Sometimes moving forward feels like two steps backwards. On Thursday, Mother Nature threw a curveball at several neighborhoods when she allowed one of her large, ailing trees to tumble over. The tree landed on several major electric transmission lines in the Valley Grove area, resulting in a power outage for almost 6,000 customers in two counties.
Life as we knew it ground to a sudden halt. No electricity meant no light by which to read the newspaper. The refrigerator ceased its usual humming. The talking heads on the radio were silenced and the inane reality shows on television faded to black.
The garage door remained closed as the electric door opener was inoperable. The ironing board became obsolete without its accompanying steam iron puffing away. That ultra-convenient portable telephone went silent without its electrical umbilical cord to the outside world. The electric stove was useless to anyone hoping to heat up some soup or make a grilled cheese sandwich for lunch.
Luckily the outside temperature was comfortable enough that the furnace was not necessary although some might have been tempted to click on the air conditioner if the heat and humidity continued to climb.
Let's face it, we have painted ourselves into an electronic corner with our need for power to run our lives. And isn't it great!
It is an amazing thing that, with a flip of a switch, our lives become brighter, filled with sights and sounds all because of electricity. It allows us to pop dinner into a microwave and spend less time at the stove. Electricity babysits our children who play games on computers while we tend to the laundry or pay some bills via our laptops.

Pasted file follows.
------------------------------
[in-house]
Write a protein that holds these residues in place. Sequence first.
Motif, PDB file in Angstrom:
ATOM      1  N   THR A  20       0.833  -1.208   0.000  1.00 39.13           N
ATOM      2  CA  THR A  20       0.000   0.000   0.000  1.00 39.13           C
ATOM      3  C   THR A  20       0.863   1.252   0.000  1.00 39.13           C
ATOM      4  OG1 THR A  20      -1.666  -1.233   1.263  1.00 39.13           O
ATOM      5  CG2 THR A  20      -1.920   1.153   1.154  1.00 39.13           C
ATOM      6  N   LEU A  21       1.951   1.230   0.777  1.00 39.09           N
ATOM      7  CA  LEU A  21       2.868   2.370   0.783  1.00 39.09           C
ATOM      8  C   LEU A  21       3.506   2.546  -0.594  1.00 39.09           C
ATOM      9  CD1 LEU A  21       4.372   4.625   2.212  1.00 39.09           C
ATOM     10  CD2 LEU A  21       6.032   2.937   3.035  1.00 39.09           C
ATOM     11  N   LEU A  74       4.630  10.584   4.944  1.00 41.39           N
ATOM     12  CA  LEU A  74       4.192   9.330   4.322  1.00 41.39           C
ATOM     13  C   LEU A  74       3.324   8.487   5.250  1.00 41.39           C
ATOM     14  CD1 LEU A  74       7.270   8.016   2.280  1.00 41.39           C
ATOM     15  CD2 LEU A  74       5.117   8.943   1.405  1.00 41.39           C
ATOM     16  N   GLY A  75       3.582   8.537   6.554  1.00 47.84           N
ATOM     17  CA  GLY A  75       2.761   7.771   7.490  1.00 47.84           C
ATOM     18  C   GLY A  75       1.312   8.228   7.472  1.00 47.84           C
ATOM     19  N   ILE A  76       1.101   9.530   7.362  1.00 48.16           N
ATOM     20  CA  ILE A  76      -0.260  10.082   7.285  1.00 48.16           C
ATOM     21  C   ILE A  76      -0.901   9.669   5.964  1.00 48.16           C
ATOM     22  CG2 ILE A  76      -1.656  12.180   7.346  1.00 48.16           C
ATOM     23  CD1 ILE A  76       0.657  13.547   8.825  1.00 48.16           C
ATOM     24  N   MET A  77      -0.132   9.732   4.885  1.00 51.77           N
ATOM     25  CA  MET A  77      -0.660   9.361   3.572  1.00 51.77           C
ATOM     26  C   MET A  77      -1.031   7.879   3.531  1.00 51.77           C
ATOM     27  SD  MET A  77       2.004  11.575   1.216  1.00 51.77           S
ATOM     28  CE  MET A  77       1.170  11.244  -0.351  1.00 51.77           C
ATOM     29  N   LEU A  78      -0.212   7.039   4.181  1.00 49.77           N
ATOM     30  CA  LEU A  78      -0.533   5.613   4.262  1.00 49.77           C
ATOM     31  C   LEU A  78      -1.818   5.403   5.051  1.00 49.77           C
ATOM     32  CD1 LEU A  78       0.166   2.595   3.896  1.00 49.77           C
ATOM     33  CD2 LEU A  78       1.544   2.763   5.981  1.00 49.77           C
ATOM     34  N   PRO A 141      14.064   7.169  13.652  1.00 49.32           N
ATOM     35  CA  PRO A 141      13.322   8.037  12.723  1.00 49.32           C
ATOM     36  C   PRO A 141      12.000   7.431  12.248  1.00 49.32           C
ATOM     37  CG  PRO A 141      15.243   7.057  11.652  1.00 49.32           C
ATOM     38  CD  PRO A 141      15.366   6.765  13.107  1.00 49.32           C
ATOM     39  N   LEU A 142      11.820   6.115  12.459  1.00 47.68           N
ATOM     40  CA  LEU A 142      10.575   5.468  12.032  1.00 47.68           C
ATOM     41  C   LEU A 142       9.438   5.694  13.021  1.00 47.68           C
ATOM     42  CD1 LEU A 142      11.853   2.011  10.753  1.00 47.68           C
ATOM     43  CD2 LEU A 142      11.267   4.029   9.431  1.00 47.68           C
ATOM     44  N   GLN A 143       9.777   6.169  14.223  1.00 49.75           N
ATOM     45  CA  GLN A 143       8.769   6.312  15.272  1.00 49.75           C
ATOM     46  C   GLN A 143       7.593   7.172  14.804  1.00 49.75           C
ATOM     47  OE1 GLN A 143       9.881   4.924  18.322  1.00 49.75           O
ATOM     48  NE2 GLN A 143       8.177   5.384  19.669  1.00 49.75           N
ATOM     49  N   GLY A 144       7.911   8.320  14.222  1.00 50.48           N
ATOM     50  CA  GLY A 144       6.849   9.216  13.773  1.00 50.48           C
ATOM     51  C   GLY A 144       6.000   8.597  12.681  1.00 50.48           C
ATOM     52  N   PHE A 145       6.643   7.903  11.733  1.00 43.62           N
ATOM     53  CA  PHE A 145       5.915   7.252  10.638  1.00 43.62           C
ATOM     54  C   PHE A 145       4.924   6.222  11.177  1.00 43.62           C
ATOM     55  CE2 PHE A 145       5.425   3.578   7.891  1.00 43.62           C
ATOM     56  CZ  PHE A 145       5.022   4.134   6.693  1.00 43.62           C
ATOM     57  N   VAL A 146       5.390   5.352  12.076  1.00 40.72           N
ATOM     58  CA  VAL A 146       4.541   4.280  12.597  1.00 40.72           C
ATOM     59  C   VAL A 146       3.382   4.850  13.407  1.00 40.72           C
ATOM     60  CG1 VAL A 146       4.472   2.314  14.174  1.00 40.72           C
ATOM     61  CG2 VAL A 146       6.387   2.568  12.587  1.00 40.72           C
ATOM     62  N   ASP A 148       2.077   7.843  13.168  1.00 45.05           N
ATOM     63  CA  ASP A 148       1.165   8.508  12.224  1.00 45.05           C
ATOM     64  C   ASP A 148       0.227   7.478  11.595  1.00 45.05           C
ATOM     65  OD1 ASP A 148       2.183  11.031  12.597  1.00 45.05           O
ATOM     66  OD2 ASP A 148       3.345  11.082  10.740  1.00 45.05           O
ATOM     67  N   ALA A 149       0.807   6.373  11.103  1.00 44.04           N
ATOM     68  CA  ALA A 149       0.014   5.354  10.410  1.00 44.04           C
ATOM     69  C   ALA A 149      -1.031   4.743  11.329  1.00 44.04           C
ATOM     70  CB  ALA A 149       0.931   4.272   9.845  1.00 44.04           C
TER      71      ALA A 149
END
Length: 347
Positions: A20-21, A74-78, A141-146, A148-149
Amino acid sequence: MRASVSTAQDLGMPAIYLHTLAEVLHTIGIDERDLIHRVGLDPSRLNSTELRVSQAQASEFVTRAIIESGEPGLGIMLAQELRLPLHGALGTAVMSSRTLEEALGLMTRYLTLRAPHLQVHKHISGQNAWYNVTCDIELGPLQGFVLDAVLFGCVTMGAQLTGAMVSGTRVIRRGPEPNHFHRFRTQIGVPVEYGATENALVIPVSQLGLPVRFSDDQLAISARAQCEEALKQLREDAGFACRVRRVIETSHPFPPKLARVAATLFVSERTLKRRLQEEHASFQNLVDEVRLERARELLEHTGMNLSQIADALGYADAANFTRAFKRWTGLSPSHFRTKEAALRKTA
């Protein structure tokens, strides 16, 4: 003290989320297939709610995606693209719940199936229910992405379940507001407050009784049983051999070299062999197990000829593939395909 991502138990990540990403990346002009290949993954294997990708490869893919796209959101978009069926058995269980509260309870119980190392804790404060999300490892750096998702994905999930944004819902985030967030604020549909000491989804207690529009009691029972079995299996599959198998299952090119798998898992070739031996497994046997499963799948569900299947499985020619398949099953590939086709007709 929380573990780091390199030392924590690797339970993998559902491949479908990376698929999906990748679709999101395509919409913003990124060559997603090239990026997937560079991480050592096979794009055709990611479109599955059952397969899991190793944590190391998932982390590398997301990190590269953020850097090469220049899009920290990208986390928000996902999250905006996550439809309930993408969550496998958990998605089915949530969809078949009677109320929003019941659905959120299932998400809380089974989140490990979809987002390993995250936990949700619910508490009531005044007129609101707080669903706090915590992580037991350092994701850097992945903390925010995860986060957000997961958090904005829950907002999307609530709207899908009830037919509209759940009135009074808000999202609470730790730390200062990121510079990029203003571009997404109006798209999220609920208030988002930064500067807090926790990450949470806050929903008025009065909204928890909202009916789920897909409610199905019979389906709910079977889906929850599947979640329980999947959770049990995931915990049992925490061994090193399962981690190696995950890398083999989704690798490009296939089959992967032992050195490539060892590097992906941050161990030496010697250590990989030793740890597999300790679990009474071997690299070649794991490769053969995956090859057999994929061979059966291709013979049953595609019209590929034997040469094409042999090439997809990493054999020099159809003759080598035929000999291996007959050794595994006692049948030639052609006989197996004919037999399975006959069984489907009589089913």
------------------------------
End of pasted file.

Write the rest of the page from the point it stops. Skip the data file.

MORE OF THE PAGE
Benjamin Franklin could never have imagined what impact his little experiment with a kite, some string and a key would have on future generations. But we know. We are spoiled beyond our own comprehension by that lovely thing called electricity.
With its arcing power, I have total respect for electricity and for those who work in the industry. Without the workers who climb the poles and perform their own magic to restore a line break, we would not be so comfortable. They go places I would never have the courage to go. You see them working in the worst weather to bring our lives back to normal by restoring lost power.
So it's important that we take care of them as well as they do us. Please stop pounding nails and staples into electric poles. They pose quite a danger to the power company workers who must climb those poles. Put your garage sale signs in your yards on lawn stakes instead.
And if you see someone on a power pole who does not look as though he belongs there, call the authorities. Too many copper thieves are stripping electric lines, which puts people in danger.
In the meantime, portable generators are probably a good idea for thunderstorm season and really come in handy during a blizzard when power may be knocked out. Nothing says love like a four-stroke, gas-powered portable generator.
Heather Ziegler can be reached at firstname.lastname@example.org.